Surveys and studies dating back to the 1990s show that stress in the workplace is on the rise. This has serious consequences for the individuals concerned in terms of their physical and mental health, as well as for their general well-being and personal relationships. For that reason alone, it is incumbent on any responsible employer to address the issue head on. Occupational stress also has a negative impact on productivity due to deteriorating working relationships, reduced quantity and quality of output, and absences.
In a survey conducted in 2013 by the European Agency for Safety and Health at Work, around half of the respondents considered workplace stress to be common, and that figure rose according to the size of the organisation. More recently, the European Observatory of Working Life, EurWORK, has published a range of reports studying many working environments and sectors, all pointing to the same conclusion: chronic stress is a major challenge for organisations and their employees. All the surveys show that the prevalence of occupational stress is particularly high in circumstances where an individual’s ability to control the demands of work is threatened, and stress is further intensified when no help is available from colleagues and/or supervisors. This is as true at CERN as it is elsewhere, and addressing the underlying causes is a challenge for the whole CERN community. The well-being of our people is our number one priority, and is something we are addressing with some urgency.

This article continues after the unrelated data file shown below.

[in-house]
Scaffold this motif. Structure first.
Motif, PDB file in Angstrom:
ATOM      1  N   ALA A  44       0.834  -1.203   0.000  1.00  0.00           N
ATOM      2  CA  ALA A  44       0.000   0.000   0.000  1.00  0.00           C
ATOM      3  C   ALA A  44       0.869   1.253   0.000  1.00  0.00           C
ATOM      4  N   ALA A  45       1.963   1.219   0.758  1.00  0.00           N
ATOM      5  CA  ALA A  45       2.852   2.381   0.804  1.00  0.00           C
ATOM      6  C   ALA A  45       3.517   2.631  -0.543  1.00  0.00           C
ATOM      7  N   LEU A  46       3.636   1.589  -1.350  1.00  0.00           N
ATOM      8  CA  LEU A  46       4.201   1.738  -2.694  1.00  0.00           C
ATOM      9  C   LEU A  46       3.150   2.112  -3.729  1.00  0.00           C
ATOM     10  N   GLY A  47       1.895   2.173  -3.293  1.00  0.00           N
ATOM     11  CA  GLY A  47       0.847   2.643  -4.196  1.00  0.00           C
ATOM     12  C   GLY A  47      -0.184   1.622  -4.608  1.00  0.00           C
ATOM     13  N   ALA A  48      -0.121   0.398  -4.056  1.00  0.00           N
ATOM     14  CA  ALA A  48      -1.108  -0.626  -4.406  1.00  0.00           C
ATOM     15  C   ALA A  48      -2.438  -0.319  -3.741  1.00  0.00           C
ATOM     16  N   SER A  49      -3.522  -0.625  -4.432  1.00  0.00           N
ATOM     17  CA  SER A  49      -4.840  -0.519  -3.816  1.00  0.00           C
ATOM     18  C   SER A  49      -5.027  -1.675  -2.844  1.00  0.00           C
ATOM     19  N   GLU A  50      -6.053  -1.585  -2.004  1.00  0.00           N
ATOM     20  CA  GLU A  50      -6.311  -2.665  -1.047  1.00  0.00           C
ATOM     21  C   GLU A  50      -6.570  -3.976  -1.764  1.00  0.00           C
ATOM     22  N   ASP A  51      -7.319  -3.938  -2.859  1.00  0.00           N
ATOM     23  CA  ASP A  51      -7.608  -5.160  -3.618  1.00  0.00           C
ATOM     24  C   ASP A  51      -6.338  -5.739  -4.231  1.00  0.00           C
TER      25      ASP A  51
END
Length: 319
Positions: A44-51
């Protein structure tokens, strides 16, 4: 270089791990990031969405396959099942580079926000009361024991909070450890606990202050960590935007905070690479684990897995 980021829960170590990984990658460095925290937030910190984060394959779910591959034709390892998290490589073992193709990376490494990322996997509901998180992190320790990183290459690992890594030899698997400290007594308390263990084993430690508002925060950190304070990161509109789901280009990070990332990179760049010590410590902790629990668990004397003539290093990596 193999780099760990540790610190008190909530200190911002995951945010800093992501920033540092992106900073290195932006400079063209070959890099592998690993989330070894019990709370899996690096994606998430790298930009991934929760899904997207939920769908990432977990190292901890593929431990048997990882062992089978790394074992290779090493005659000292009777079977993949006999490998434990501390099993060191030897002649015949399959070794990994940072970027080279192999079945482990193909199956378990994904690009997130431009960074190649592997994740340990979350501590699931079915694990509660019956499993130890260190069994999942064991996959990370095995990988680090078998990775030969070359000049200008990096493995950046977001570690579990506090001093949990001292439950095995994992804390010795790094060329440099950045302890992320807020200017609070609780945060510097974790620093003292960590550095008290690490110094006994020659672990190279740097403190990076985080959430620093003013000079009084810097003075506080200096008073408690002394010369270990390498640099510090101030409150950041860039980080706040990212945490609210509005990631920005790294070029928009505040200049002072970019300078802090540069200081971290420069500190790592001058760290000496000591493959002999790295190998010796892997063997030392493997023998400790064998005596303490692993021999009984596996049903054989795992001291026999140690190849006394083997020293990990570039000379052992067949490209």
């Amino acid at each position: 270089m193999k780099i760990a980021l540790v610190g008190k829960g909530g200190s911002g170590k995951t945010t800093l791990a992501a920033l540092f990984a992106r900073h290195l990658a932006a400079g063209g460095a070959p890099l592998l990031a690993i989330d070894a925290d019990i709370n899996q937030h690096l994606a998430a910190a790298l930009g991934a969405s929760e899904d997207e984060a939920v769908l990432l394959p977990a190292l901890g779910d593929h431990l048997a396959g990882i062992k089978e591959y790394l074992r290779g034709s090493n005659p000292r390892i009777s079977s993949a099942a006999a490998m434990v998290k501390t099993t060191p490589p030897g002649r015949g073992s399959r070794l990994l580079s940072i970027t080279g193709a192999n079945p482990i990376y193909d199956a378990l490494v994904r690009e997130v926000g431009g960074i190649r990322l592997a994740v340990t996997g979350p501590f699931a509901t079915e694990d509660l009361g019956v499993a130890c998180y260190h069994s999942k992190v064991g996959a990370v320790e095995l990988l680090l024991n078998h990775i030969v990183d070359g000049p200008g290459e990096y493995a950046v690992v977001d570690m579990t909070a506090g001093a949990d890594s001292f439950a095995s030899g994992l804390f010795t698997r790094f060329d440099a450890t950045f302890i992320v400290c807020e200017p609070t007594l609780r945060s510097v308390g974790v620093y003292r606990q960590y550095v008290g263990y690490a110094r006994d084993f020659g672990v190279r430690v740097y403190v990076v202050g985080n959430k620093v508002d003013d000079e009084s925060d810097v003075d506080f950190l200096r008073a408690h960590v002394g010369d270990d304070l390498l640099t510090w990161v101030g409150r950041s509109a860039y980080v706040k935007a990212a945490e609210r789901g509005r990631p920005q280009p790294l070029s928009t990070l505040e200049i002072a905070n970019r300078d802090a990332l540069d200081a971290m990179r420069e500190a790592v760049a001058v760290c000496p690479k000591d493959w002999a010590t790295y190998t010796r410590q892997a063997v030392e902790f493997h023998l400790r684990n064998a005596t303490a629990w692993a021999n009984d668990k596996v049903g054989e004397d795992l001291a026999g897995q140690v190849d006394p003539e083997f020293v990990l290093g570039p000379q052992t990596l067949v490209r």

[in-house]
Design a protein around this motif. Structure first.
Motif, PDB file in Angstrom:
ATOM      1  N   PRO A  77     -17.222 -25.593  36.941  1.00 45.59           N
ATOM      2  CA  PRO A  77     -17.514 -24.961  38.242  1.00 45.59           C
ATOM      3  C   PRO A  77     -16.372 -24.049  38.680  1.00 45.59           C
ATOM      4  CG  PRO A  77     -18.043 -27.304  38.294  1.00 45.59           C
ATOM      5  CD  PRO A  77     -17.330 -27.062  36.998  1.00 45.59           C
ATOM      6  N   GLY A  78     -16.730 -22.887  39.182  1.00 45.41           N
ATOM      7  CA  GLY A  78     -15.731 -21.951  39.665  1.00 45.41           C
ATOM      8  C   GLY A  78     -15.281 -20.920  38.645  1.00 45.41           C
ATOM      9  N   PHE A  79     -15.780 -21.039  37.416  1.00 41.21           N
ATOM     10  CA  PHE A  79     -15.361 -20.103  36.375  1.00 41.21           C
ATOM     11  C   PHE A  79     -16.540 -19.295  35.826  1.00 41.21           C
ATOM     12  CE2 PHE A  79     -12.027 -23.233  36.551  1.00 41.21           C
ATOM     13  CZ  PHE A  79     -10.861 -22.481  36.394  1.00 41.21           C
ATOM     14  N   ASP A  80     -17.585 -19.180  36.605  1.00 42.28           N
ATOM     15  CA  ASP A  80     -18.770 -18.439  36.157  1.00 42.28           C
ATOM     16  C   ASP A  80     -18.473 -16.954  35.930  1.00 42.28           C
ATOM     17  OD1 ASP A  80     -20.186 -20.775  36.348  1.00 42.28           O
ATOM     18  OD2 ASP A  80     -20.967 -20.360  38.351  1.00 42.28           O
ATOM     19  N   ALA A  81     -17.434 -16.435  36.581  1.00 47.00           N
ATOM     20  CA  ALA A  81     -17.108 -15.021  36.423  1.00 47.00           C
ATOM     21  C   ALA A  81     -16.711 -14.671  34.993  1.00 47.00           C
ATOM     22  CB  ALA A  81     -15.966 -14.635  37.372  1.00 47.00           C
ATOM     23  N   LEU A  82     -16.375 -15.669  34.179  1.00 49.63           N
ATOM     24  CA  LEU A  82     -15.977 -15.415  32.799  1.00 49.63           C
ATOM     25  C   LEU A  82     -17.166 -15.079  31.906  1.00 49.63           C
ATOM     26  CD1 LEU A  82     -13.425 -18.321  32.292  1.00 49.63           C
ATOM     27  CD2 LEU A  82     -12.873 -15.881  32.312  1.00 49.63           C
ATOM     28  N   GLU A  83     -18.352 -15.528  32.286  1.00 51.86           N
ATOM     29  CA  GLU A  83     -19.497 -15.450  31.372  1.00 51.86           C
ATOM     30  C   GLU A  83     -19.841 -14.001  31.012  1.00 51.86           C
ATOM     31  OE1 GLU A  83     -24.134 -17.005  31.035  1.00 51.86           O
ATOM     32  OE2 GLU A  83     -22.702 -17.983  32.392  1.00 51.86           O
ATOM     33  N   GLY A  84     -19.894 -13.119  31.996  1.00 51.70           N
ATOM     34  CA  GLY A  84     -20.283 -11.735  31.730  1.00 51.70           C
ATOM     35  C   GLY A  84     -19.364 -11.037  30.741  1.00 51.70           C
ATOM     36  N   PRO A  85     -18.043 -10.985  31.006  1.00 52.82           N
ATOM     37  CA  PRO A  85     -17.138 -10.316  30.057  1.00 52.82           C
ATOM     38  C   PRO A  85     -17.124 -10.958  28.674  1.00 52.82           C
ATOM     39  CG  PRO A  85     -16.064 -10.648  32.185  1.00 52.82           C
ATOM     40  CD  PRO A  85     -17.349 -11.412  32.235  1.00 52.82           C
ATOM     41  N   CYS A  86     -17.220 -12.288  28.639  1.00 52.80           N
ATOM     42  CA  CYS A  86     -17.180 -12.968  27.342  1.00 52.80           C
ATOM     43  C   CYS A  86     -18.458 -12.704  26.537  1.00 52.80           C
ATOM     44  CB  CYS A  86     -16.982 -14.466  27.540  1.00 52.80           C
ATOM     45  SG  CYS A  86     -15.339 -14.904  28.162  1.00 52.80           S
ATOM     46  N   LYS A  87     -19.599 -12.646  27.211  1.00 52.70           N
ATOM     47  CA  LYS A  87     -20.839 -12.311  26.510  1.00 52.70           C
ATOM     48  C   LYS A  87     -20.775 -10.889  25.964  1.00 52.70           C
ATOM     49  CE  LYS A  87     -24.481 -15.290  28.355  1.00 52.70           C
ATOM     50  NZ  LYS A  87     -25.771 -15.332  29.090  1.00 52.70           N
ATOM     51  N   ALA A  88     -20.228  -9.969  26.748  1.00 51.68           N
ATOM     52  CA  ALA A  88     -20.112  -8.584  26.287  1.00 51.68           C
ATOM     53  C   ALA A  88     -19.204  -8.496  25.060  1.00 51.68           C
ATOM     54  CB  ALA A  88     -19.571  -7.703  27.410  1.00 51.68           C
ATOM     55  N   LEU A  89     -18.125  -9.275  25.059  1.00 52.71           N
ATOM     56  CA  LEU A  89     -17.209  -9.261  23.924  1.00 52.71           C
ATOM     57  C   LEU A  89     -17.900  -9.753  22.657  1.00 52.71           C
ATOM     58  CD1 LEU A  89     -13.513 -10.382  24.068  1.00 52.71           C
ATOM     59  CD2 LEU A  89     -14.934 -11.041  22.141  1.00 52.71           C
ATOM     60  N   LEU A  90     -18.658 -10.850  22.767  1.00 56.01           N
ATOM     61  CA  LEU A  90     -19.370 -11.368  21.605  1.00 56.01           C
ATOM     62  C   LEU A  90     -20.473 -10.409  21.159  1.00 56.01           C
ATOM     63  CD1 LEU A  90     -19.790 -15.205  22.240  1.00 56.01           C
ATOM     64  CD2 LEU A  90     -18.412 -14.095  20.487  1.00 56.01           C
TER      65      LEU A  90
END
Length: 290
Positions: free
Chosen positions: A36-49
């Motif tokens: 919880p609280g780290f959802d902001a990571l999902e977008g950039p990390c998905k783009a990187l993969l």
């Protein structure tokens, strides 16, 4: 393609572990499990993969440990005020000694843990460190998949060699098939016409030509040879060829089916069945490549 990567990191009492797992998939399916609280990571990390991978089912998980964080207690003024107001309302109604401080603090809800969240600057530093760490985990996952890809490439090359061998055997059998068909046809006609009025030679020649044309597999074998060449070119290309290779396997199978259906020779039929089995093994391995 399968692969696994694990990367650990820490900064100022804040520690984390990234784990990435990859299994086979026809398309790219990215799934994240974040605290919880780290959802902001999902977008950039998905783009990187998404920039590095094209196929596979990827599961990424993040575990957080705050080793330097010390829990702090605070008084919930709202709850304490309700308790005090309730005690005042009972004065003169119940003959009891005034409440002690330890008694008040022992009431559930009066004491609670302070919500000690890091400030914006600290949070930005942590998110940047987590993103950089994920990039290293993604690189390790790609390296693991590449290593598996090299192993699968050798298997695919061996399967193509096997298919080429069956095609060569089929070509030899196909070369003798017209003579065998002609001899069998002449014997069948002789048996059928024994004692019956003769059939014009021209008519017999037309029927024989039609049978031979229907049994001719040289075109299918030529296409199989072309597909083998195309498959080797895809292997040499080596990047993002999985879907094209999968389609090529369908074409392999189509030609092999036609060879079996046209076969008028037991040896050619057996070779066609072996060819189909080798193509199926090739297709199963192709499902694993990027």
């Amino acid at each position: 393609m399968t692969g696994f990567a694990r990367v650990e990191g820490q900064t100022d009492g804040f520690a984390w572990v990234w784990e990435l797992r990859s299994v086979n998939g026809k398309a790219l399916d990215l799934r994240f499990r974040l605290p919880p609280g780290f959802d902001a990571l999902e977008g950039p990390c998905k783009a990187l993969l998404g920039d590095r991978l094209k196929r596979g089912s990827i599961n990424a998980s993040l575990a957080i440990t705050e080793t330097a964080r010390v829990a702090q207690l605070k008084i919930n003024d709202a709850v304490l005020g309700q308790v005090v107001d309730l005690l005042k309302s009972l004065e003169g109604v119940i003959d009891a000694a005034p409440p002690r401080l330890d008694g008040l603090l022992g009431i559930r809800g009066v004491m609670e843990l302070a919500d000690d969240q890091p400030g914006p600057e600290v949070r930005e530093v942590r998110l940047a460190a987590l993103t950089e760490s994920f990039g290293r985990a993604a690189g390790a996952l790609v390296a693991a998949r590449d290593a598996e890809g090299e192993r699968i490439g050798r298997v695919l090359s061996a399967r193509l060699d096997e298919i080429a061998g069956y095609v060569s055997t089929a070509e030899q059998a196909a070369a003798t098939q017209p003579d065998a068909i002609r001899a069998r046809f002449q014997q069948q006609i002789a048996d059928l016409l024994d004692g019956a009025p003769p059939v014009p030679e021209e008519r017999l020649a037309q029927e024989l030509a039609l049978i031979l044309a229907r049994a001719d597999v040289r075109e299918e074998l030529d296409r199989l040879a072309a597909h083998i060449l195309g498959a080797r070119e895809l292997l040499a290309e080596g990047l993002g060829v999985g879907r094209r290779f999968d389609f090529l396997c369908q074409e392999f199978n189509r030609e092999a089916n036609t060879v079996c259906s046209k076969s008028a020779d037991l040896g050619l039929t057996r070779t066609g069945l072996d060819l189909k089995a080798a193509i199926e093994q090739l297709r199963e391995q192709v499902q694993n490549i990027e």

Following several indicators from both inside and outside the Laboratory, we felt it was time to take action on occupational stress. The need to act has also emerged as a key recommendation from an External Review Committee established in 2016 to evaluate the Finance and Human Resources sector.
We have therefore established a dedicated multidisciplinary project team built around members of the Human Resources (HR) department and the Occupation Health and Safety and Environmental Protection (HSE) unit, along with the Staff Association and the CERN Ombud. Its brief is to promote and improve the quality of working life at CERN, and to this end it will be examining psychosocial and mental health issues, setting up proactive stress monitoring and management, and benchmarking against other organisations.
Over the coming weeks and months, the team will be working to put a series of tangible measures in place to prevent stress, increase individual coping abilities and enhance existing support systems. Among the team’s first actions will be an awareness-raising campaign, scheduled for early 2018. Do look out for it, and I would like to encourage you to play your part in improving the quality of working life for all of us at CERN.
By Fabiola Gianotti